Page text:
Nigeria’s quest for a return to economic growth got a major boost this week after the National Bureau of Statistics reported that Nigeria’s 2017 third quarter GDP rose by 1.4%. Despite the good news, the report had sour spots which we have analysed here.
Just as the Nigerian economy seems to be improving not every sector of the economy is doing that well. In fact, according to the data released by the National Bureau of Statistics the following sectors have been doing badly for months and has no sign for improving, at least in the short-term.
This sector consists of Oil Refining, Cement, Pulp-paper & Products, Electrical & Electronics, Motor Vehicles & Assembly etc. These sub-sectors are all currently experiencing weakness and have been contracting for some time. Looking at all the red bars above, reveals quite a sordid image and one the government should be worried about. Should you decide to invest in this sector, then be rest assured that it is a long term investing as growth is not coming back anytime soon. Manufacturing has traditionally not been a strong growth driver in the Nigerian economy, thus pitting any hope here is quite ambitious. Important to note that the food and beverage sector appears to be back to growth. Probably a good time to invest in food processing and manufacturing.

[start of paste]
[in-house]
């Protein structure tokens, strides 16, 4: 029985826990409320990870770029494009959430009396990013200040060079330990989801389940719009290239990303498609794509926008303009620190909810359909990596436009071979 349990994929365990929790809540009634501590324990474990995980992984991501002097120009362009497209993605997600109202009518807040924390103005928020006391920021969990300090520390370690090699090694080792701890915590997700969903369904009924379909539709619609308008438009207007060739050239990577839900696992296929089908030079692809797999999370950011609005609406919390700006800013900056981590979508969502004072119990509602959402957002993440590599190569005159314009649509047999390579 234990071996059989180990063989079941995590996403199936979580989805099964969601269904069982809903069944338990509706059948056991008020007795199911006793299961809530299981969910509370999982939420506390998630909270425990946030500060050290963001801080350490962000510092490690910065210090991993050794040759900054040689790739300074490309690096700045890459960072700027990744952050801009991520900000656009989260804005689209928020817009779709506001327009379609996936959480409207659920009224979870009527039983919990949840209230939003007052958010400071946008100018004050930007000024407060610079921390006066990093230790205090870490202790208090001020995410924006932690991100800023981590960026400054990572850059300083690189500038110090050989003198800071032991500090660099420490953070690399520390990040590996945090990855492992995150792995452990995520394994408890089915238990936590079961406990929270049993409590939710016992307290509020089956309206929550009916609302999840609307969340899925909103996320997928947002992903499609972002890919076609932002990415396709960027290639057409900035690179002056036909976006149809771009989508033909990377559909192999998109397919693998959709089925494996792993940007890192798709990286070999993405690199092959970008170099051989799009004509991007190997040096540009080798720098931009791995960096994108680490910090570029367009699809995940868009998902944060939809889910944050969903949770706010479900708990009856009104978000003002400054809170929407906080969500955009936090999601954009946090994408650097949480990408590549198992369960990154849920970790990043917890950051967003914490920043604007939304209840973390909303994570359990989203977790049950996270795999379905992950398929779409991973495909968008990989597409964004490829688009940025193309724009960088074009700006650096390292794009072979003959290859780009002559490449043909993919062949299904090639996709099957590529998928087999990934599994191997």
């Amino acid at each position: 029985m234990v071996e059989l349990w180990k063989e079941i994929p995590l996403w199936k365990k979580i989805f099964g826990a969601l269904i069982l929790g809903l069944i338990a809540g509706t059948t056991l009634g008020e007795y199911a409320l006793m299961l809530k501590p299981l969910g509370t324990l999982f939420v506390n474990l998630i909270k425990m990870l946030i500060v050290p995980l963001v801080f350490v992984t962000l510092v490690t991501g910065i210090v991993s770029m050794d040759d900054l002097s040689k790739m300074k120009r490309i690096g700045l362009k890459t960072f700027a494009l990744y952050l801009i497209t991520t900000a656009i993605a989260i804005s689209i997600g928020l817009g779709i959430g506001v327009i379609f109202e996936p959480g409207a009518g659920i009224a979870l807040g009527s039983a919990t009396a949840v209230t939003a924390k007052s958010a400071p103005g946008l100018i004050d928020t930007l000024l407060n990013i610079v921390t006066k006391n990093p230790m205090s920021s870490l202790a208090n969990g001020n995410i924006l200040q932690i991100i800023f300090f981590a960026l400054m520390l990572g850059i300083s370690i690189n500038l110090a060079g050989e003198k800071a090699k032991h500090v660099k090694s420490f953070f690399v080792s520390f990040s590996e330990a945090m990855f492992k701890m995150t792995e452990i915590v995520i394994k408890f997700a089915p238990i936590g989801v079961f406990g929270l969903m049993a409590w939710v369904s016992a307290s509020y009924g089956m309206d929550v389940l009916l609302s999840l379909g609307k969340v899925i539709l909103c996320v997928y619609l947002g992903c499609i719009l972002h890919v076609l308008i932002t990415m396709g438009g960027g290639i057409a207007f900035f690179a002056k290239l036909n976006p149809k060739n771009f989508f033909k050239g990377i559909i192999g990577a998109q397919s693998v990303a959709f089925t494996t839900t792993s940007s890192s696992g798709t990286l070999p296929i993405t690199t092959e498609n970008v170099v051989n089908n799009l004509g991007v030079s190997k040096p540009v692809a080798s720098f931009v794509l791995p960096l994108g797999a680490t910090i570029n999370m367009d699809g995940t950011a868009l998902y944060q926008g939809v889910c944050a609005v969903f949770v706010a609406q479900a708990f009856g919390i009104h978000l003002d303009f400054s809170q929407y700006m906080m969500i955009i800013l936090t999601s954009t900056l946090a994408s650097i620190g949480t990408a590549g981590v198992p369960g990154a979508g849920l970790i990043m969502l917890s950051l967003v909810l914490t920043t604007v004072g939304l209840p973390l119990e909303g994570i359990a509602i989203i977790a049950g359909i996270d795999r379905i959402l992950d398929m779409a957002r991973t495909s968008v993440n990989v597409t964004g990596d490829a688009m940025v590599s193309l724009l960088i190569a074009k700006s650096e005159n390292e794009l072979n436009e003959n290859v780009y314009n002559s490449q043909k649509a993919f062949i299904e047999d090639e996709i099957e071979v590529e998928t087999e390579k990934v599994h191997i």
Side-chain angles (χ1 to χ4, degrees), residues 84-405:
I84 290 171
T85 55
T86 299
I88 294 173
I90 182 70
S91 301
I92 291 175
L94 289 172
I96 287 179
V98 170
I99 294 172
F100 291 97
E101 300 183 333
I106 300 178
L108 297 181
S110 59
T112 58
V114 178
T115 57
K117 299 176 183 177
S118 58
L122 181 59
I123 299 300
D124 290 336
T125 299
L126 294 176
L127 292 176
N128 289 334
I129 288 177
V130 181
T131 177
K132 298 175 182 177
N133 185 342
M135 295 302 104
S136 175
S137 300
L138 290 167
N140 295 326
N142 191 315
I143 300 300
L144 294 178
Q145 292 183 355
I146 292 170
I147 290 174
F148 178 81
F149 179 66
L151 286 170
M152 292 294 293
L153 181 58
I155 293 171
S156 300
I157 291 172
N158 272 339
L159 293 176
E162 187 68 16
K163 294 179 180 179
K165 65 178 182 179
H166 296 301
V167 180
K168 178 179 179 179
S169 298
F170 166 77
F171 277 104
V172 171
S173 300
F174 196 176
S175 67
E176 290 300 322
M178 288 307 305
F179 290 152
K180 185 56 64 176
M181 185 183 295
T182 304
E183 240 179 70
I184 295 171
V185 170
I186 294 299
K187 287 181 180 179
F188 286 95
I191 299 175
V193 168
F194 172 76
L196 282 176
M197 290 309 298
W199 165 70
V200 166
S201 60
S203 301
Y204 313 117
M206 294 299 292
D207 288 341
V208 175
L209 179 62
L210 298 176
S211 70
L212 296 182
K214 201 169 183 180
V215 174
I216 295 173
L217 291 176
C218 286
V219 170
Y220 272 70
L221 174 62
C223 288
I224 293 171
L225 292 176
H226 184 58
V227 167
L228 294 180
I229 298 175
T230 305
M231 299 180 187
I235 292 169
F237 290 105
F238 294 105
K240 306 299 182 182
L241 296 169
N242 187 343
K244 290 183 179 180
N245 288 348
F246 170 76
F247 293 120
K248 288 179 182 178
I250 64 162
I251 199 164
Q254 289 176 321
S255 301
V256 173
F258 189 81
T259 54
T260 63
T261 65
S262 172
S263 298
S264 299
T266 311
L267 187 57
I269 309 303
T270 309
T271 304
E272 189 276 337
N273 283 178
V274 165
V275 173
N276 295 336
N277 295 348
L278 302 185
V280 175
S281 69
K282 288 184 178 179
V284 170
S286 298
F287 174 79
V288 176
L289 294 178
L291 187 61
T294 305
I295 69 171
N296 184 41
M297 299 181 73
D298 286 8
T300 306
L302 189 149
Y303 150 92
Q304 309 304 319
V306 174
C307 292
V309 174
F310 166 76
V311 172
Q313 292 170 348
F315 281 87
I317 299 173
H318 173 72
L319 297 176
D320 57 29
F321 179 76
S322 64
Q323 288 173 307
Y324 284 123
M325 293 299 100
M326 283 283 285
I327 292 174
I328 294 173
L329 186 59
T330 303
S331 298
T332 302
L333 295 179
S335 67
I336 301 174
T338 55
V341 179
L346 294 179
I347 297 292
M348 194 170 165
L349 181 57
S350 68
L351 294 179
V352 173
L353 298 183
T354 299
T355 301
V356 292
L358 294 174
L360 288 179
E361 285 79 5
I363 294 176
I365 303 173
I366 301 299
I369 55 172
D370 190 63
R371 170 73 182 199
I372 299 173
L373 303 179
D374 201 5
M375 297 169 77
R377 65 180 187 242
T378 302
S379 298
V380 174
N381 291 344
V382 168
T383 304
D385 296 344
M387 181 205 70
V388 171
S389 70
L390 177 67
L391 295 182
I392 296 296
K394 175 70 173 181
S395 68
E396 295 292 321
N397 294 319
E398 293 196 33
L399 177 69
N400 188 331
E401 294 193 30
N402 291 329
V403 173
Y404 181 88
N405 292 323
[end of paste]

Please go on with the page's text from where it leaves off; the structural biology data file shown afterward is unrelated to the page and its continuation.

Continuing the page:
Transportation and Storage
If you are looking at investing in this sector then be ready for some bumps as it is still in a recession. The sector is still in recession and that’s despite recording modest growth in the first quarter of 2017. Ironically, this is one sector that has a lot of growth potentials considering Nigeria’s infrastructural deficit. However, there is a silver lining in the Air Transport and Water Transport sectors which have managed to eke out growth.
Information and Communication
This is one sector that has suffered not just from the bad economy and more importantly government policy. The clampdown on sim card registrations and freeze on tariffs for this sector has also hampered growth such that it is now in a recession. If you choose to invest in this sector, then be wary of the contraction taking place. Growth is hard to come by and it could take two to three quarters more for it to be robust again.
This was one sector we pinned high hopes on, for the great Nigerian recovery. However, as things stand, it is a sector currently reeling from the crash in oil prices. As is clearly stated in the table above, nearly all of the sub-sectors have recorded a contraction this year. This contraction clearly indicates that economic recovery is slow and crawling. Businesses in this sector are finding hard increasing volumes as budgets are still conservative for small businesses and individuals.